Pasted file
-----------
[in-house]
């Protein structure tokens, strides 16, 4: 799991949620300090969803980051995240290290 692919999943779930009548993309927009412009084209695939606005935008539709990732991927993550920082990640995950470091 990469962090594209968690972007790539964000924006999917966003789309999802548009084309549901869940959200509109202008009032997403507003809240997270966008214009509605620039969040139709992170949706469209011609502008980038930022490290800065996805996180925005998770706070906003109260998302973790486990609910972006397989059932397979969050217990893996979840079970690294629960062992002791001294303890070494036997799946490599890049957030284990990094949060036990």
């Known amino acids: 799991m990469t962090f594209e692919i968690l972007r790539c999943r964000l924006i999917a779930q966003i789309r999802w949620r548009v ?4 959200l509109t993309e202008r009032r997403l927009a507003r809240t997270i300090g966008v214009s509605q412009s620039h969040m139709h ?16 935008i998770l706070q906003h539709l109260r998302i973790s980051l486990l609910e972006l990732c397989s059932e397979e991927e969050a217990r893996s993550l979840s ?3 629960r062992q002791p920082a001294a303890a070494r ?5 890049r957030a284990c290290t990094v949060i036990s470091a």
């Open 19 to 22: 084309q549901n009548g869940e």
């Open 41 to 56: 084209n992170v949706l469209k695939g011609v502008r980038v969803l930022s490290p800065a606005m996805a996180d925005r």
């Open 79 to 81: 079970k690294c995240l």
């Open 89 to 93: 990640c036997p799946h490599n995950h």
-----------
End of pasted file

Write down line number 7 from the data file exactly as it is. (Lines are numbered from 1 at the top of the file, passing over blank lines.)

């Open 89 to 93: 990640c036997p799946h490599n995950h």